A big decision whether to begin Lupron injections
Im not sure why I thought I would be able to go to sleep tonight without writing this blog. So much has happened today and while in part this is to help others struggling through this big decision, this is also here to help me disseminate all the information that was thrown at me.
Back in March I went through a Laporoscopic excision surgery with Dr. X at the BC Women’s Pain and Endometriosis center here in Vancouver. She was able to remove endometriosis from my colon, bladder, ribs and cauterize what she could find on my diaphragm, leaving the implants within my diaphragm intact. During the surgery she also did an ovarian suspension on my left ovary and cleaned out my left tube. Before and after surgery I was instructed to try Visanne to both reduce the endometrial pain through skipping my periods, but to also thin my lining with progestin (estrogen depletion).
Three months post surgery I was rendered helpless in pain from upper abdominal pain. Since I have ulcerative colitis which is a relatively new diagnosis, my village of doctors first had to rule out digestive issues. My CRP levels were good, Calprotectin levels normal, a small blip of liver enzymes and pancreatic enzymes which resumed to normal, and clear CT/Xray/MRcp ruled out digestive problems. The more we ruled out UC the more we pointed toward Endo. I called to make a follow up appointment with my endo specialist and it took 2 months before I could see her. Today was the big day…
Leading up the appointment I was starting to get wrist/joint pain to the extreme measure. I have had to take three breaks in writing this post already because of it. I wear a gimpy brace to ensure I dont move them around too much. My left ovary is on fire. My lungs, exacerbated by the fires on the west, are struggling to fill. And my leg pain is coming back much like before the surgery – the kind that feels like sciatica. I am on limited NSAIDs due to the intestinal bleeding that naproxen can cause in UC patients – the one drug that does help my endo pain – and I am on a single dose of tramacet since it knocks me right out so I am reduced to taking this at night only.
At my appointment Dr. X reviewed my surgery results, the scans from the last two months, and asked me about my pain. She told me that the wrist and joint pain could be from estrogen depletion as a result of the Visanne. Since my endo pain in my lower parts is cyclic and I have break through bleeding the visanne is not working. Her suggestion was (quite quickly I might add) to put me on three months of LUPRON DEPOT to determine whether the pain is in fact endo. This drug would deplete my estrogen completely and put me into chemical menopause. If it works we know it is endo and we can either stay on Lupron or she can refer me to a doctor who can excise the diaphragmatic endo. But to commit to VATS right away is both dangerous and not smart. She left me to look at a brochure while she conducted an ultrasound on another patient, came back to ask if things seemed reasonable as a course of action and spent some time going over how this would work: I would order the medication and have it sent to her office, for an injection to be administered once a month for three months. In addition, to counter the side effects she would also prescribe an estrogen patch twice a week, and some biologic to take orally everyday. These additional medications are called ‘add backs’ because they add back what Lupron will deplete from my body.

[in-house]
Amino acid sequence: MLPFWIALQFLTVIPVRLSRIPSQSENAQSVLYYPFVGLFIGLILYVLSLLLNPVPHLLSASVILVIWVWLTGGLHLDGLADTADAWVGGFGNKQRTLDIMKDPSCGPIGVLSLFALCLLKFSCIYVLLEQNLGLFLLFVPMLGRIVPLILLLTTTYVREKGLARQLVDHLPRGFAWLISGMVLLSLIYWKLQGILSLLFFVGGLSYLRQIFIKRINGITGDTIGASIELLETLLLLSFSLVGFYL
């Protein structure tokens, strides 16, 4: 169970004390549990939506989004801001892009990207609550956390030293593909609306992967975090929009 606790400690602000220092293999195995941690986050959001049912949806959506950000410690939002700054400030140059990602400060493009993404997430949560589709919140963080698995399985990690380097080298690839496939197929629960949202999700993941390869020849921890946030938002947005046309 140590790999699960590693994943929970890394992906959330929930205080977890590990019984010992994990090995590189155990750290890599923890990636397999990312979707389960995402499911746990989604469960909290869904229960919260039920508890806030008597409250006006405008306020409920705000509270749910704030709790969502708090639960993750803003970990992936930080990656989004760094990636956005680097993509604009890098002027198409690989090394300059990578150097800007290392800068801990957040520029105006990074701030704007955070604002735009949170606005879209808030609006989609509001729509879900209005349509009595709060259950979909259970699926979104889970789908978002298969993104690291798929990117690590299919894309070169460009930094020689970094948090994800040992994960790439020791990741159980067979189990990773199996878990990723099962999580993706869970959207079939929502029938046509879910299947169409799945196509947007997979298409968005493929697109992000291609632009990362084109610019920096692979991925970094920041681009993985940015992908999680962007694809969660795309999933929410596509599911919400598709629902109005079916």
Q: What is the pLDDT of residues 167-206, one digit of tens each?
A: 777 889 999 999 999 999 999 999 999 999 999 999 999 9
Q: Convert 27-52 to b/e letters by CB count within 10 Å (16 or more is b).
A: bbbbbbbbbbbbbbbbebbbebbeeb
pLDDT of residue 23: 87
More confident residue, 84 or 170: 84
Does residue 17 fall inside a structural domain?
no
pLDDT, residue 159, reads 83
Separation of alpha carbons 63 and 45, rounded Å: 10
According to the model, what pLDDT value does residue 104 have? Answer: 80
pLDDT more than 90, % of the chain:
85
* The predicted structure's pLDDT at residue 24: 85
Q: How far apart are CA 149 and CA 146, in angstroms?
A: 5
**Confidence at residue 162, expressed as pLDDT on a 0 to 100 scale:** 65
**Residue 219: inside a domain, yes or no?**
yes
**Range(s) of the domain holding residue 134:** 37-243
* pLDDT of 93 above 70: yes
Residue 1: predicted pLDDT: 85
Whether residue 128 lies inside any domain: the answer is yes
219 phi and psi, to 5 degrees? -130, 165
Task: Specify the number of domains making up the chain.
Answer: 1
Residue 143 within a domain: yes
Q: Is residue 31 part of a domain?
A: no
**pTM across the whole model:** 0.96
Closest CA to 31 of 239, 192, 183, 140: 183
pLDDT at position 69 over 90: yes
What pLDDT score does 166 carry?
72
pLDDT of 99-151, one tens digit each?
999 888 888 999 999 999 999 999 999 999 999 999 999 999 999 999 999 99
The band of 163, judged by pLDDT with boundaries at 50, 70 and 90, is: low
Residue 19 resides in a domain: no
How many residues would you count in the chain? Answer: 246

Before you know it I was signing up for the medication and promising to come back in a month for the follow up. I asked her politely if I could get the referral to Dr. Sony Singh – the doctor she recommended I ultimately see for the VATS – as I am moving to Ottawa where he is located. Unfortunately the response was more of a ‘when the time comes we can call him’ rather than a ‘sure lets see if he can take over’. So it seems I walked away with the commitment to use Lupron as a diagnostic to rule in the endo and move forward with one of two options in three months from now.
When I got home, I thought, ‘How in hell did this happen so quickly? I have already read up on how nasty this drug is. Maybe there is an upside??’ Sadly out of nearly 40 messages compiled in response to my pleas 2 were positive/neutral outcomes while the other 38 were HELL NO!
While I am still (kind of) weighing out the pros and cons I am determined to get a second and third opinion from other endo specialists. Thank you to all of you who shared your stories with me over the last 12 hours; they have helped my clarity and to regain my strength. For those of you who have suffered long and hard from this medication – due to the lack of options that are available for endometriosis – I will help to fight this fight for you. #endowarriors til the end!